"How accurate are the layer point data?" Any map is a nice structure in which to organize many kinds of information, and 'layers' are how we present this "extra stuff" in Terpnav. All data here are contributed ("crowdsourced") material, so the map is as good as what the folks in our community provide. Some of these layers (such as Food and Parking) are open to all visitors and are a face to the outside world, so we do our best to keep the information up to date, but in most cases there are no authoritative data sources for us to go by in the first place. The campus has for years maintained inconsistent lists of even what buildings we have, so you'll get different views depending on which office you contact, and this is especially true for data about parking lots, which can (and do) change frequently. (For parking, the only authoritative description is what is posted on parking signs at each lot. Go by that! We can't get you out of a ticket issued by the parking czars.) What that means is simple: we'll get it close, sometimes you'll see something which needs updating, and we hope you'll let us know to do that so the next person gets even better information. Remember, crowdsourcing means everyone gives a little so we can all get a little. Thanks for pitching in.
"It's great to have my own layers of map data. Are they really private? Can I control what layers are visible just to my friends?" Informational privacy in this era? Really? We wish more users would care about this. At some level, if you have something you don't want others to know, then you shouldn't be putting it on any computer in the first place (or if you do, then at least post it on the Diamondback on line, since nobody will see it there.) Please simply assume that if you do put it on a computer then it will be digitally folded, spindled, mutilated, sent to the proverbial (if not actual) Nigerian businessmen to incorporate into spam involving cheap Viagra, lasciviously studied by agents in the West Wing in order to document purient thoughts and scanned for intellectual property of value by each member of the Chinese Central Committee. Or even worse, it might be even put on Facebook. All that said, we have no interest in what points you put on the map, we certainly aren't monitoring it, and we have the best of intentions to help you maintain the illusion of privacy in what you do, so now that you are an informed user please plan accordingly.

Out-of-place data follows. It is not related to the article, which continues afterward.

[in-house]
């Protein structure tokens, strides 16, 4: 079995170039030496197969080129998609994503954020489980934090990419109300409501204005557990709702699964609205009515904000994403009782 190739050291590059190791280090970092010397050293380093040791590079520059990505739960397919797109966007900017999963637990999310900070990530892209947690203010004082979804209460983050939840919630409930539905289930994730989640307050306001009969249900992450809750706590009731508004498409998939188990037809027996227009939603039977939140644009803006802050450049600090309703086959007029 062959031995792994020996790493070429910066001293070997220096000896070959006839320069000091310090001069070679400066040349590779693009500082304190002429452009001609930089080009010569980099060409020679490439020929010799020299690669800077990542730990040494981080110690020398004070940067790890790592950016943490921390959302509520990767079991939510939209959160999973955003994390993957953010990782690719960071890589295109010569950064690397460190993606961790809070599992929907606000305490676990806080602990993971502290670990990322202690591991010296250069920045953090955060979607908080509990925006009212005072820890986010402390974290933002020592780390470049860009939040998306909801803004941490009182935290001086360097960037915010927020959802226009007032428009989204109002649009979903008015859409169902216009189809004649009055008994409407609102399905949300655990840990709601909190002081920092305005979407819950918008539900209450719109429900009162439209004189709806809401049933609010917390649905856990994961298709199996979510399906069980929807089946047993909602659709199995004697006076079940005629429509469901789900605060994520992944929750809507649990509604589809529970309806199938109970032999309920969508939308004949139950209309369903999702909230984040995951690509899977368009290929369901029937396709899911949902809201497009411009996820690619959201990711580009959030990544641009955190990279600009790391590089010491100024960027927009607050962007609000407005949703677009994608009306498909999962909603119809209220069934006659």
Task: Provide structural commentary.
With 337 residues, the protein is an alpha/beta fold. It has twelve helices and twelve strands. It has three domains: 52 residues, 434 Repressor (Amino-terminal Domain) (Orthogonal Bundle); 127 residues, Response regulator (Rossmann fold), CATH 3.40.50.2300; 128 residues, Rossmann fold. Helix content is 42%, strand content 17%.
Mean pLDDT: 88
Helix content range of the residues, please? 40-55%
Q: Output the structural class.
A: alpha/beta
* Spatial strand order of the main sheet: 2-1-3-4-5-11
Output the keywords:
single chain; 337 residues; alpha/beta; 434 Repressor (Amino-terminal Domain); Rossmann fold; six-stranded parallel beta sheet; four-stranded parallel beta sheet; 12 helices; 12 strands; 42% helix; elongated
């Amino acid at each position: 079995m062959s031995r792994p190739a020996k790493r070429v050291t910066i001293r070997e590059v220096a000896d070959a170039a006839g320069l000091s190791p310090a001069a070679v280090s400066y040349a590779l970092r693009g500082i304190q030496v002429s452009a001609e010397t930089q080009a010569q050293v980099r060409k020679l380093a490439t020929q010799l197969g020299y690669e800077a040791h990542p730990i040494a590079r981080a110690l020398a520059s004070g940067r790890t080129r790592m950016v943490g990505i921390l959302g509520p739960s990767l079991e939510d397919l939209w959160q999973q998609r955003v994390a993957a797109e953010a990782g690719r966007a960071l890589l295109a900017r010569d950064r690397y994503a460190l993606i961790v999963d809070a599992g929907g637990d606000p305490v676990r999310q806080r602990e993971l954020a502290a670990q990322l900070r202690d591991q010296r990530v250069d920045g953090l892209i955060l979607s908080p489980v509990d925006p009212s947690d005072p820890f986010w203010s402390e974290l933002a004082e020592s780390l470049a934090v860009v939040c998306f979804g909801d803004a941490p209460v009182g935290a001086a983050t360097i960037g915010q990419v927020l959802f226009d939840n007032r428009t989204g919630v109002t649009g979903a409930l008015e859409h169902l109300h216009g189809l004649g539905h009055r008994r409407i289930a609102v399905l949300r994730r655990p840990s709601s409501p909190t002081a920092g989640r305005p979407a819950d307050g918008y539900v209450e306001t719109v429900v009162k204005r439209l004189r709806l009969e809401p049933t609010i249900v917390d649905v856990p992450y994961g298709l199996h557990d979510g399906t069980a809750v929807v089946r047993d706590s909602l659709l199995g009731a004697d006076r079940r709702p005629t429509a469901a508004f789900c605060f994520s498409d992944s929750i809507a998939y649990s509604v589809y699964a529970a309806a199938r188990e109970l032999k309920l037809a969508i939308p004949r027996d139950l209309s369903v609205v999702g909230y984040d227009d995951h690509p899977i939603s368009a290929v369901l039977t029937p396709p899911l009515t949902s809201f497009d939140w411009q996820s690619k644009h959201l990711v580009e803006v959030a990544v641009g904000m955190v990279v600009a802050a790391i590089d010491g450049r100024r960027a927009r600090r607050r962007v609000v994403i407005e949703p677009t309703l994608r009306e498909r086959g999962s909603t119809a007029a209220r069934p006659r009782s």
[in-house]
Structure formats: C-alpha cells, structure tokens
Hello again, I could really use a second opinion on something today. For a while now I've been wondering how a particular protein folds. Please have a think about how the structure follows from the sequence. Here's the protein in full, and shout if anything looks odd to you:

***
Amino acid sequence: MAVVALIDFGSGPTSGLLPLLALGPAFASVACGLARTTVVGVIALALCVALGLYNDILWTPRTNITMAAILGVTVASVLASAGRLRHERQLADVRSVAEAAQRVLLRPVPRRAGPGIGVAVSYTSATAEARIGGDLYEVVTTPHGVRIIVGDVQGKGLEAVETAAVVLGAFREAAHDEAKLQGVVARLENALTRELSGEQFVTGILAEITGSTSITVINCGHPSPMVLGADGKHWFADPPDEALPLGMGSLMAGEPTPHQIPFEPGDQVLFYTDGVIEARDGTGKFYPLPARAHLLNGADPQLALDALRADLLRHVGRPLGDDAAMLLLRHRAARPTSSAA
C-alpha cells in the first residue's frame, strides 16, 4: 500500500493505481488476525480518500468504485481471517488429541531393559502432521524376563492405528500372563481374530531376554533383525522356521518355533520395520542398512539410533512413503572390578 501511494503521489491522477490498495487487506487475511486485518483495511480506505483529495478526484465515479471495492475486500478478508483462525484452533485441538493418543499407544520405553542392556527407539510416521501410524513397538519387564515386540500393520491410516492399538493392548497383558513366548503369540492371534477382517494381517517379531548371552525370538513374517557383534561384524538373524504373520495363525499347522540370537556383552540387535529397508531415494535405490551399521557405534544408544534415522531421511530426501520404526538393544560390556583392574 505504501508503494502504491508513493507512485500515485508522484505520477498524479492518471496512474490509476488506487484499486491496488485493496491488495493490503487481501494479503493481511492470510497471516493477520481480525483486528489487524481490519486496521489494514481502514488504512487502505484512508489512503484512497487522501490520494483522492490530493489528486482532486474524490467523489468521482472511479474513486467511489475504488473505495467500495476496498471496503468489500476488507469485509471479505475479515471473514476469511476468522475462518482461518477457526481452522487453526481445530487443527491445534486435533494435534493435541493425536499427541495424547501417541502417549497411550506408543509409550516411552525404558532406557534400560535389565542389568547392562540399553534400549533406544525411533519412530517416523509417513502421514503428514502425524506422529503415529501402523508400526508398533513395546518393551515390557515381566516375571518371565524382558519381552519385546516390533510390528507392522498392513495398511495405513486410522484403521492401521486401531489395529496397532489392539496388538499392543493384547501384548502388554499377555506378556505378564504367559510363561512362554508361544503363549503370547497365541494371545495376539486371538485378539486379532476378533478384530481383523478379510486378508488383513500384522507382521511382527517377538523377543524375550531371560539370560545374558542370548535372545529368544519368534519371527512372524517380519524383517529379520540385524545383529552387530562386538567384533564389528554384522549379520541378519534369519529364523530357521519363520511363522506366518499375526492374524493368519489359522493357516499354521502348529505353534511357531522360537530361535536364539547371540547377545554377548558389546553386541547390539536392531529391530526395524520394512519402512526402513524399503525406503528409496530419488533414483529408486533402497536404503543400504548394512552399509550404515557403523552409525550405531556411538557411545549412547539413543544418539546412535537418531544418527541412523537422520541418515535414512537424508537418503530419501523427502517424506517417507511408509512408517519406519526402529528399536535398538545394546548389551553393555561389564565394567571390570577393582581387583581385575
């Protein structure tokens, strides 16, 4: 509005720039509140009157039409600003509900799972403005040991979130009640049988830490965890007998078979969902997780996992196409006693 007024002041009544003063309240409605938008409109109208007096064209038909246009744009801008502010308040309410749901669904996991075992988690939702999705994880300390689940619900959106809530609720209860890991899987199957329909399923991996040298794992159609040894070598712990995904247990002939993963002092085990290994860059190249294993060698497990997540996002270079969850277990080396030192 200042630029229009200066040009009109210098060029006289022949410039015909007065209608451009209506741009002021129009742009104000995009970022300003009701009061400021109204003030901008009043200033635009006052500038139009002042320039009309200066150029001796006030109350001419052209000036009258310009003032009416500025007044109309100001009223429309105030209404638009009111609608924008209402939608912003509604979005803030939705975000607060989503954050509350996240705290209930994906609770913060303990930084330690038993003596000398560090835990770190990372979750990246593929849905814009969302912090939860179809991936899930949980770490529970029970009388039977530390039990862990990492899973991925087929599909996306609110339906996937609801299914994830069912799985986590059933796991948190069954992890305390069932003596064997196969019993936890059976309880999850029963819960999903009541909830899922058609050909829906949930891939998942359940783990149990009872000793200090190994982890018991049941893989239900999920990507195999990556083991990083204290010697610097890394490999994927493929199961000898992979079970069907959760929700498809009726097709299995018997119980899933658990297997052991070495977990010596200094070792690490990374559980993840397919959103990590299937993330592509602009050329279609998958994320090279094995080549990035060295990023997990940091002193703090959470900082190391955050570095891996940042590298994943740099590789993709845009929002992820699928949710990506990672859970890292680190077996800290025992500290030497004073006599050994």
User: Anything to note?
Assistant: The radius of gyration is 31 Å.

As for the management features, yes you can control which individuals or groups can share any layer you create. In fact, finding better ways to share has been one of the driving goals for Terpnav. The layers feature took off far faster than we expected, so we have a little catch up to do, since the management panels available to you are pretty cumbersome. You can set these up, but it might take a little perseverance for the time being. We're working on it, and in the mean time, let us know if we can help you cut through the technical red tape to set up some particular layer with groups that you want.
"How long will data on my personal layers remain available?" The answer to this one is analogous to that of our privacy question. We have lots of good intentions but can't make any promises, and you should plan accordingly. The spirit of the 'flip layers' for sharing geo-tagged data among friends or studying personal geo-tagged information is that we're operating in a pretty fast-paced environment, and that if data becomes so static that it needs to hang around for weeks or months at a time, then probably it needs to live on another server more appropriate to that. How long might that be? We're not backing up any of the user content so we are one disk crash away from you having a 'refreshed' layer space. Also, for practical reasons (as in, we can't afford to buy more disk space at this point) we're limiting the size of data you can upload in the first place; don't plan on being able to share your summer vacation videos at full HD quality using flip layers (but if they're really zesty then let us know and we'll help you set up popcorn night at Stamp, then you can announce it through your flip layers.)